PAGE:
Is It Possible To Design A Drought-Friendly Golf Course In California?

A $6 billion industry might not survive a time of unprecedented drought–unless it can look more like this Southern California course.


In the middle of California’s epic drought, the state’s sprawling golf courses seem like an obvious villain: In a single day, a typical course uses as much water to stay green as an average family of four might use in an entire year. But is it possible for golf courses to manage water sustainably?


One Southern California golf course thinks it has a model that can survive the ongoing drought, with a complex system that uses only recycled and reclaimed water–and uses so little of it that it can store millions of extra gallons whenever the area does get a little rain.

“We went to unprecedented lengths to design and install a water-management system based on conservation and recycling, designed to protect the area’s most important asset: the Pacific Ocean,” says Stephen Friedlander, vice president of golf at Pelican Hill, a resort south of Los Angeles.

Located in front of the tee boxes on the Ocean South course’s hole 10, the fabric-lined bio- filtration basin captures water runoff from the Golf Club’s maintenance facility and filters it through grass, gravel, sand, soil, and finally through the filter fabric into an underground drainage system.

Throughout the resort, cisterns capture runoff during rainstorms, holding up to 1.2 million gallons of water that otherwise would have drained into the ocean. When the cisterns fill, they’re emptied into reservoirs that double as water features for the course. In a year, the system can conserve 50 million gallons of water (in a rainy year, 60 million gallons). The resort also uses recycled wastewater from the city, which helps it completely avoid the use of tap water on grass.

After using moisture meters to measure exactly how dry each green is and how much water the soil can hold, the resort uses smartphone apps to water only the areas that need it. Instead of turning on every sprinkler in an area, they might only turn on one. “Essentially, we meticulously micro-manage water use across every corner of the golf course that requires irrigation,” Friedlander says.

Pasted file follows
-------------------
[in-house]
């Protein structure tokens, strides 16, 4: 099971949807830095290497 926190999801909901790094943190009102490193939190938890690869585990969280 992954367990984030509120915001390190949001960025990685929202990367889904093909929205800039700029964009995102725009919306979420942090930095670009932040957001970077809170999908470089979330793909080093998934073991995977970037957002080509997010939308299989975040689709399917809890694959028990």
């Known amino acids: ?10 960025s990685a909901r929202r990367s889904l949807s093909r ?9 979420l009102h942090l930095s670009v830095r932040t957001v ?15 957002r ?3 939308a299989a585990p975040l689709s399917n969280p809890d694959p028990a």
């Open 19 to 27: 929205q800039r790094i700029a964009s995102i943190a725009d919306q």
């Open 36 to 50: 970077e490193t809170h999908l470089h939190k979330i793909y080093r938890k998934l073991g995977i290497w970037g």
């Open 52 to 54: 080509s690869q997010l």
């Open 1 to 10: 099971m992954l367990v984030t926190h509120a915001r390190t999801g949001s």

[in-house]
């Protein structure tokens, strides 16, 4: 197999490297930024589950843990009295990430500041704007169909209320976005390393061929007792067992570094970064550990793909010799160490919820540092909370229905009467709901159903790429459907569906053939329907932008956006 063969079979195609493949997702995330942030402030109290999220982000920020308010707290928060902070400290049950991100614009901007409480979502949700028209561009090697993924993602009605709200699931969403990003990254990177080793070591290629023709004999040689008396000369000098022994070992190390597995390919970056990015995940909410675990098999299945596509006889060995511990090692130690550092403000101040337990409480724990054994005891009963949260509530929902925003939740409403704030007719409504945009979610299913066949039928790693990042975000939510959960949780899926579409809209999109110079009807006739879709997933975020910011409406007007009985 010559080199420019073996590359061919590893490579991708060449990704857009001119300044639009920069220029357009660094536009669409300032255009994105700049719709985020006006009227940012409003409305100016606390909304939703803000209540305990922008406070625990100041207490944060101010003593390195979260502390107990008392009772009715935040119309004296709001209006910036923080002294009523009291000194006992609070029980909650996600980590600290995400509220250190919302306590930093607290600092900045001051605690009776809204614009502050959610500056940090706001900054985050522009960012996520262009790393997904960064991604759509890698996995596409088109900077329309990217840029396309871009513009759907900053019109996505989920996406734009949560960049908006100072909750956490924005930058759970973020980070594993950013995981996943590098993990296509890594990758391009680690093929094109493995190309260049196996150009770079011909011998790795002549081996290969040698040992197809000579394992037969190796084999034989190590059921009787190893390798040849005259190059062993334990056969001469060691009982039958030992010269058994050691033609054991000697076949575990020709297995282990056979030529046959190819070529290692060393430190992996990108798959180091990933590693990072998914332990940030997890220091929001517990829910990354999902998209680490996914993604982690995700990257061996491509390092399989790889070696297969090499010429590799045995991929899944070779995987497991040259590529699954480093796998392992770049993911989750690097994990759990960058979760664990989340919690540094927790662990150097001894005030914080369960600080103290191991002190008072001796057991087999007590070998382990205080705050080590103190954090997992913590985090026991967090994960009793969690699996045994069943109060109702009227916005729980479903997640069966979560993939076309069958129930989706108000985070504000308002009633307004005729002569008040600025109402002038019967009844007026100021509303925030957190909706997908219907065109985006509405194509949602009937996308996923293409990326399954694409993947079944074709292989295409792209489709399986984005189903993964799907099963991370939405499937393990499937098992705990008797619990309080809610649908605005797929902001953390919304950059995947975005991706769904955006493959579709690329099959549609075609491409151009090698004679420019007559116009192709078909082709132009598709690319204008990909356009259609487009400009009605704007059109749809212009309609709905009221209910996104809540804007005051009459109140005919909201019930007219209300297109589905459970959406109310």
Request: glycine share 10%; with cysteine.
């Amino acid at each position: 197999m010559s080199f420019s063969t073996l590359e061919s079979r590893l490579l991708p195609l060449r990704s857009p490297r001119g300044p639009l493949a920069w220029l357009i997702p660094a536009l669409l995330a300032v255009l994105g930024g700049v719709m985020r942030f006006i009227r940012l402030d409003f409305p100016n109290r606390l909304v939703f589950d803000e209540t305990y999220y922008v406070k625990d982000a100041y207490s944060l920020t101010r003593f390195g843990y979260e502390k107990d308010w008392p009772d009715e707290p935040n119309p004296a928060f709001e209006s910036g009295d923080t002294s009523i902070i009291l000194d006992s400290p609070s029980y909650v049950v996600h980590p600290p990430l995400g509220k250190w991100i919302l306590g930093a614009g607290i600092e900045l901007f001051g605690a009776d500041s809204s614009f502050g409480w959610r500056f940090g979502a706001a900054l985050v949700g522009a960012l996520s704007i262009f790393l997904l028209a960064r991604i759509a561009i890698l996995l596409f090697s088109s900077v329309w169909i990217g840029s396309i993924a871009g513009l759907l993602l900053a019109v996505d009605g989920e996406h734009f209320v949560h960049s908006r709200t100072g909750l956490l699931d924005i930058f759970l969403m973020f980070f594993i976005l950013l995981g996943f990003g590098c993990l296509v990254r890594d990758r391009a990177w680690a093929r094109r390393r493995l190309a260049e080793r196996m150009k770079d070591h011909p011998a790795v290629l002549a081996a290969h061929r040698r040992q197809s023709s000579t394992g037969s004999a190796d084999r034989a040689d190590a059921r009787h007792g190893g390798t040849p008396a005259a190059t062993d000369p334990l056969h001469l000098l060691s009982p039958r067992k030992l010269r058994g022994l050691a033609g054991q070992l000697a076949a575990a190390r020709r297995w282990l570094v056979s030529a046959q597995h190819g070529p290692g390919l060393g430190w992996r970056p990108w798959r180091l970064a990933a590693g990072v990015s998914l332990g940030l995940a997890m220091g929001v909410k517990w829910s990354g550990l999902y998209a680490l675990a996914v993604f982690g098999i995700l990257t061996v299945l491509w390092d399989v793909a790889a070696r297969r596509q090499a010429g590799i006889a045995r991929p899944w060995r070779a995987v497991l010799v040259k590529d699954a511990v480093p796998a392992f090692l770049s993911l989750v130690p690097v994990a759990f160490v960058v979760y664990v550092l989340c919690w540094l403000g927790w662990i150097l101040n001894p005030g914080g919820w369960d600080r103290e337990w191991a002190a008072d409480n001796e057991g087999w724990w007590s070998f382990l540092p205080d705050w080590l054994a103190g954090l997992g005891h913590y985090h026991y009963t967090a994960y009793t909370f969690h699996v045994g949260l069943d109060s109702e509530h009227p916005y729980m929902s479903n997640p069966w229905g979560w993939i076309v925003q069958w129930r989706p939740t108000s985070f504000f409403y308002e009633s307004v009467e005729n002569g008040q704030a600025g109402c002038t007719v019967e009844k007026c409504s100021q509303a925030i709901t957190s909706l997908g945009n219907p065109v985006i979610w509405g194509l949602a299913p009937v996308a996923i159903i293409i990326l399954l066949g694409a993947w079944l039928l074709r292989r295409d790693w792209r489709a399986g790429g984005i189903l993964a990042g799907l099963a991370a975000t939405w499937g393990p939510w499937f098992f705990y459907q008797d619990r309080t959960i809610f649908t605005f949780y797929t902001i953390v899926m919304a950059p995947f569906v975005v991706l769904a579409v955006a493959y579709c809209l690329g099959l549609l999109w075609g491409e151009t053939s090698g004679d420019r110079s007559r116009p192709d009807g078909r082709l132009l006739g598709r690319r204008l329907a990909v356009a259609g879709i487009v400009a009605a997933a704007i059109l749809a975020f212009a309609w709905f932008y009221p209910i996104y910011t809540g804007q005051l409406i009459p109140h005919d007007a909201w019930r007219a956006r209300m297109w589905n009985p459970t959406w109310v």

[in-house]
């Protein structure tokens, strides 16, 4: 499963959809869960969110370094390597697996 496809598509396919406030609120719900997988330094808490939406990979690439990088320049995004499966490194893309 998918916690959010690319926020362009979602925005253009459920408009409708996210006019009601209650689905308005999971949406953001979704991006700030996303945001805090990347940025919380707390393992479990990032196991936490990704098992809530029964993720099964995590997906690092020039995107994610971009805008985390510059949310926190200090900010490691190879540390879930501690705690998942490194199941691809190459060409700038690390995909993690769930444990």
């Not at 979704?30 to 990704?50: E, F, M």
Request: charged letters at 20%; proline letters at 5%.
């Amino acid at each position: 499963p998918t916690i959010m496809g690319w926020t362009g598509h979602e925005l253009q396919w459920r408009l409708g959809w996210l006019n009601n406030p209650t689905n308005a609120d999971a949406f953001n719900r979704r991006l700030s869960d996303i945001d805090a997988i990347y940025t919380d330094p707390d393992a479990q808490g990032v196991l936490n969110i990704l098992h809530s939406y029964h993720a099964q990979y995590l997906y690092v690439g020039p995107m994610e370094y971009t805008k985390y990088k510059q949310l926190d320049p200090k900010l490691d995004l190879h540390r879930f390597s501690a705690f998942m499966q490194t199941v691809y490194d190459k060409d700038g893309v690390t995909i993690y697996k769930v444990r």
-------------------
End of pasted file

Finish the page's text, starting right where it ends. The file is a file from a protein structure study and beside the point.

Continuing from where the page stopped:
The course also uses drought-tolerant Bermuda grass on tees and fairways and recently added more of the grass to 18 acres of rough turf. It plans to convert more acres over the next several years. Other non-playing parts of the course are filled with native plants that don’t need to be watered. While artificial turf is also used in some places, the course says it doesn’t want to use it widely because of a fundamental challenge: Fake turf doesn’t let the ground absorb water when it rains. It also can’t support urban wildlife that use golf courses as a place to live.

Pictured during installation in 2007, this 240,000-gallon cistern handles water runoff from Pelican Hill’s main entrance and parking structure.

“Artificial turf prohibits whatever rainfall a property receives from entering the underground aquifers and creating future drinking water,” says Friedlander. “Golf courses with hundreds of acres of turf grass have a significant positive footprint that contributes oxygen and a place for wildlife, including hundreds of species of birds, mammals, and reptiles. Without turf and natural habitat, those species could eventually be forced out of their homes.”


Of course, some might still ask the question of whether green golf courses make sense at all in an arid climate–especially if the drought continues. Still, if most urban rainfall is wasted anyway, washing off roofs and streets and into storm drains, it’s possible that there could be enough rain to go around. Cities would just need to manage water as well as this particular golf course does.

And with golf a $6 billion industry in the state, the sport unlikely to completely disappear. The question is how quickly other golf courses can adapt to the drought. Switching to recycled and reclaimed water, for example, is slow and expensive; pipes alone can cost $1 million per mile. Still, as new water restrictions from the governor force golf courses to cut back on irrigation, change is starting.

“At this time, only 37% of California golf courses use reclaimed water to irrigate,” says Friedlander. “There is significant opportunity for all golf courses to become more drought-friendly.”

About the author

Adele Peters is a staff writer at Fast Company who focuses on solutions to some of the world's largest problems, from climate change to homelessness. Previously, she worked with GOOD, BioLite, and the Sustainable Products and Solutions program at UC Berkeley, and contributed to the second edition of the bestselling book "Worldchanging: A User's Guide for the 21st Century."